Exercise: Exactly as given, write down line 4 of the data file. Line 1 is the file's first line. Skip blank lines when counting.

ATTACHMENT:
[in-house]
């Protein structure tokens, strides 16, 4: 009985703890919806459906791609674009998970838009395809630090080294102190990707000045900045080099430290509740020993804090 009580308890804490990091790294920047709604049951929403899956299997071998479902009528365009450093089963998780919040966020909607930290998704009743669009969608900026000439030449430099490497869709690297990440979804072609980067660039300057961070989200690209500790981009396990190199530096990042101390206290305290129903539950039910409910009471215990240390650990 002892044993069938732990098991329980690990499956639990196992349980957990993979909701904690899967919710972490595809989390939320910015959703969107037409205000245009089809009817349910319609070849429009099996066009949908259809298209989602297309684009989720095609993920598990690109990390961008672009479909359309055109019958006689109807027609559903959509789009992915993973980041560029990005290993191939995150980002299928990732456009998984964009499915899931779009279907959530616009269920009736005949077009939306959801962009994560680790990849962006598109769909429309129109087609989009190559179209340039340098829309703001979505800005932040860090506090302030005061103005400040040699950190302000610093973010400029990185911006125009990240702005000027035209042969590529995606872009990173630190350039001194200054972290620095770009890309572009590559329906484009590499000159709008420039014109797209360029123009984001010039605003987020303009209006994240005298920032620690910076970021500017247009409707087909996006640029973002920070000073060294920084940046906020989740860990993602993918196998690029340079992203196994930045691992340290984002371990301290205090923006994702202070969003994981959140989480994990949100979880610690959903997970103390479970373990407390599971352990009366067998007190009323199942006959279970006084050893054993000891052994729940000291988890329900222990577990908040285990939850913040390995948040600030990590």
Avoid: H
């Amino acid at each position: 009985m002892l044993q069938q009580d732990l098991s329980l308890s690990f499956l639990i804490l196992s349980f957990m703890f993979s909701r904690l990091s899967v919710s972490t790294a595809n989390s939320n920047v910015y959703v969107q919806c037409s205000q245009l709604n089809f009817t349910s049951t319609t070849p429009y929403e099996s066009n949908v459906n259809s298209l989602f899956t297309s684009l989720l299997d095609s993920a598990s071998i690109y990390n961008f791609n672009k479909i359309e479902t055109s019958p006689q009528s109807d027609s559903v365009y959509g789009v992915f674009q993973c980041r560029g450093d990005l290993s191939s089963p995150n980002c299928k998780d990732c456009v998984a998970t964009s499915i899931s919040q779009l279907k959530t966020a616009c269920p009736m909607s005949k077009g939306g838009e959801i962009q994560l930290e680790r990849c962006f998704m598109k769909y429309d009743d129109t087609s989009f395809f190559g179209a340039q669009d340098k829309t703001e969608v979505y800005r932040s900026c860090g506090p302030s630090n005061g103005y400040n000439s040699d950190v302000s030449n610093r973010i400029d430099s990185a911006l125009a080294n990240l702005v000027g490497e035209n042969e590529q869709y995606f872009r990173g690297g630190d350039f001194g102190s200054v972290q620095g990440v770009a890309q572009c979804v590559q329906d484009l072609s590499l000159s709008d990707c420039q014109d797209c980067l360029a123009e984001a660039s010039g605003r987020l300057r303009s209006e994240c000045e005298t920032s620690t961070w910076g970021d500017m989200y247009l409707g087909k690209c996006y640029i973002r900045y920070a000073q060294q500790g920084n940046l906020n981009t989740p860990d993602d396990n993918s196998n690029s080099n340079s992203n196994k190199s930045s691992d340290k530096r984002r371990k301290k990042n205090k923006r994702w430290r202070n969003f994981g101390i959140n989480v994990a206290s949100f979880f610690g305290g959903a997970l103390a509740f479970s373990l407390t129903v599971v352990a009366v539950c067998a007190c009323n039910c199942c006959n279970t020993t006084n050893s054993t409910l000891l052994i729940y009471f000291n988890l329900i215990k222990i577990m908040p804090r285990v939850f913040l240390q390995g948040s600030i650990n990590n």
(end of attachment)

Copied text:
């Amino acid at each position: 009985m002892l044993q069938q009580d732990l098991s329980l308890s690990f499956l639990i804490l196992s349980f957990m703890f993979s909701r904690l990091s899967v919710s972490t790294a595809n989390s939320n920047v910015y959703v969107q919806c037409s205000q245009l709604n089809f009817t349910s049951t319609t070849p429009y929403e099996s066009n949908v459906n259809s298209l989602f899956t297309s684009l989720l299997d095609s993920a598990s071998i690109y990390n961008f791609n672009k479909i359309e479902t055109s019958p006689q009528s109807d027609s559903v365009y959509g789009v992915f674009q993973c980041r560029g450093d990005l290993s191939s089963p995150n980002c299928k998780d990732c456009v998984a998970t964009s499915i899931s919040q779009l279907k959530t966020a616009c269920p009736m909607s005949k077009g939306g838009e959801i962009q994560l930290e680790r990849c962006f998704m598109k769909y429309d009743d129109t087609s989009f395809f190559g179209a340039q669009d340098k829309t703001e969608v979505y800005r932040s900026c860090g506090p302030s630090n005061g103005y400040n000439s040699d950190v302000s030449n610093r973010i400029d430099s990185a911006l125009a080294n990240l702005v000027g490497e035209n042969e590529q869709y995606f872009r990173g690297g630190d350039f001194g102190s200054v972290q620095g990440v770009a890309q572009c979804v590559q329906d484009l072609s590499l000159s709008d990707c420039q014109d797209c980067l360029a123009e984001a660039s010039g605003r987020l300057r303009s209006e994240c000045e005298t920032s620690t961070w910076g970021d500017m989200y247009l409707g087909k690209c996006y640029i973002r900045y920070a000073q060294q500790g920084n940046l906020n981009t989740p860990d993602d396990n993918s196998n690029s080099n340079s992203n196994k190199s930045s691992d340290k530096r984002r371990k301290k990042n205090k923006r994702w430290r202070n969003f994981g101390i959140n989480v994990a206290s949100f979880f610690g305290g959903a997970l103390a509740f479970s373990l407390t129903v599971v352990a009366v539950c067998a007190c009323n039910c199942c006959n279970t020993t006084n050893s054993t409910l000891l052994i729940y009471f000291n988890l329900i215990k222990i577990m908040p804090r285990v939850f913040l240390q390995g948040s600030i650990n990590n």